Cast Iron

Cast irons are iron-carbon alloys typically containing 1,7-6,7% carbon, 1-3% silicon, and trace amounts of elements like manganese, phosphorous, and Sulphur. These alloys are cost-effective, durable, and easily cast. Depending on their chemical composition and cooling rates, cast irons can be categorized into two main groups: white cast irons and grey cast irons, distinguished by their fracture characteristics.

White cast iron is achieved through rapid or non-equilibrium cooling during casting, featuring slightly lower levels of carbon and silicon compared to grey cast irons. It exhibits a hard microstructure composed of pearlite and cementite (iron carbide), imparting exceptional hardness but also brittleness to the alloy. Due to its nil ductility, white cast iron is primarily used in wear applications and is not considered weldable.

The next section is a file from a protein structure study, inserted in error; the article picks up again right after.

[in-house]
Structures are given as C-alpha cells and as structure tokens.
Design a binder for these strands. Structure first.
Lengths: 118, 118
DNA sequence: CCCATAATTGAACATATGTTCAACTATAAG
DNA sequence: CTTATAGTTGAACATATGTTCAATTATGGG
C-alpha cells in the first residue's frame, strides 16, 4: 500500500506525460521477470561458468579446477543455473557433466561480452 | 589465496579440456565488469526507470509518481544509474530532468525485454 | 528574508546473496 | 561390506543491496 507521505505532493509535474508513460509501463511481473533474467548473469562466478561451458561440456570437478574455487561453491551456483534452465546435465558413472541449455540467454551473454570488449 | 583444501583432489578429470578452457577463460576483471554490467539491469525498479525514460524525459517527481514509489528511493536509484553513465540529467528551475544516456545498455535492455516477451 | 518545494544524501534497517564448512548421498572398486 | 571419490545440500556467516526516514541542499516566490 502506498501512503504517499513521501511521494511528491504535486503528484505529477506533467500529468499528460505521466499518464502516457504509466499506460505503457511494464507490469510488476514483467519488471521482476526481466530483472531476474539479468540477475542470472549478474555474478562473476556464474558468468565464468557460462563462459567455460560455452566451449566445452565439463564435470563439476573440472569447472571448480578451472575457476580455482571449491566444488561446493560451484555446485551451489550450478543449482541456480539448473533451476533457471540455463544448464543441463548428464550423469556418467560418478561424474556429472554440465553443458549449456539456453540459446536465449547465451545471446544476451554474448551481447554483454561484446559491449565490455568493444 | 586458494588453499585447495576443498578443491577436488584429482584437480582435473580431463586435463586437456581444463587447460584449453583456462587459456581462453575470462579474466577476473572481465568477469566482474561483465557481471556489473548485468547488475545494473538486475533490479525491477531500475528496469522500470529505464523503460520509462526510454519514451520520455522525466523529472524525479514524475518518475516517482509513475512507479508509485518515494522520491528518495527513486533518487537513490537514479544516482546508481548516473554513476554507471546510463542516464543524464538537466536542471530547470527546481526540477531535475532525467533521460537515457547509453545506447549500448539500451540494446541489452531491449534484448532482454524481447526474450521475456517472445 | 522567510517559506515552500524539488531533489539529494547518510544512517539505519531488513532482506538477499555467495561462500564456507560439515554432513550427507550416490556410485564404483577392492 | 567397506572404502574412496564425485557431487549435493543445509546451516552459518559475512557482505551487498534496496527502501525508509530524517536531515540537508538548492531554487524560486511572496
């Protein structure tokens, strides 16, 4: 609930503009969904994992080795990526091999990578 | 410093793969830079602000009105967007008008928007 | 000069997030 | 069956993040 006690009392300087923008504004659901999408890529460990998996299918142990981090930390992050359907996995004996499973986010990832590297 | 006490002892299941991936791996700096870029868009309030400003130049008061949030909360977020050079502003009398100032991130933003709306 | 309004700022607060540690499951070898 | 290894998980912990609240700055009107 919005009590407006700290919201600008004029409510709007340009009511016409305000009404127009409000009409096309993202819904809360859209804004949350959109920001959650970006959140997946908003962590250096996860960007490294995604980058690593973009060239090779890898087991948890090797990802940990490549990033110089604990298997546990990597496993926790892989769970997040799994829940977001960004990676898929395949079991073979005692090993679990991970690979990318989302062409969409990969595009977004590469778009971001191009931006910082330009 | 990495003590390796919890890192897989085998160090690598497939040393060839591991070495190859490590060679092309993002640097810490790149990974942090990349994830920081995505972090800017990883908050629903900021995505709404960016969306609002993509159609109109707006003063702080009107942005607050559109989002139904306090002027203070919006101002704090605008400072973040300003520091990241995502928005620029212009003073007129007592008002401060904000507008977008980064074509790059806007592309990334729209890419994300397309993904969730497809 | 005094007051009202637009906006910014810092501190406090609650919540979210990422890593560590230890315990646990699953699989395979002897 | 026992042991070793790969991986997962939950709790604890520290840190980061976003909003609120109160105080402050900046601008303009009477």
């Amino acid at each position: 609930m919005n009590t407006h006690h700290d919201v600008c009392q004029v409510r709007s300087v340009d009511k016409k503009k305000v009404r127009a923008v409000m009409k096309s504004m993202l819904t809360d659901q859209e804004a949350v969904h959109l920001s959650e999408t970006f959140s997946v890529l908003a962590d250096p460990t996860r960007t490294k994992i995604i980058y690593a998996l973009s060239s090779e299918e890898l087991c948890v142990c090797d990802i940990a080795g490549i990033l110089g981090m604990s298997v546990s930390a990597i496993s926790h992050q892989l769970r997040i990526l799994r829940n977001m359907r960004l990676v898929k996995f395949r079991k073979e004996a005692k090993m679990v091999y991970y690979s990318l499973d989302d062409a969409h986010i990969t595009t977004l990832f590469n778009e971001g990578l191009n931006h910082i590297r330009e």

However, white cast iron can undergo a high-temperature annealing process, known as malleabilization, within a temperature range of 800-860°C (1475-1580°F) for 30 to 40 hours. This treatment transforms hard white cast iron into malleable iron with improved ductility by breaking down iron carbides and precipitating graphite nodules (temper graphite) in the matrix. 

Grey cast irons, on the other hand, are formulated from chemical compositions with higher levels of carbon (2,5-4%) and silicon (1-3,0%), utilizing an equilibrium cooling mode. They derive their name from their grey fracture surface, resulting from nearly all of the carbon content crystallizing into graphite. 

Seeking expert advice on choosing the right cast iron type for your project or need assistance with heat treatment techniques? Contact us today to tap into our expertise and discover how our solutions can meet your specific requirements !

X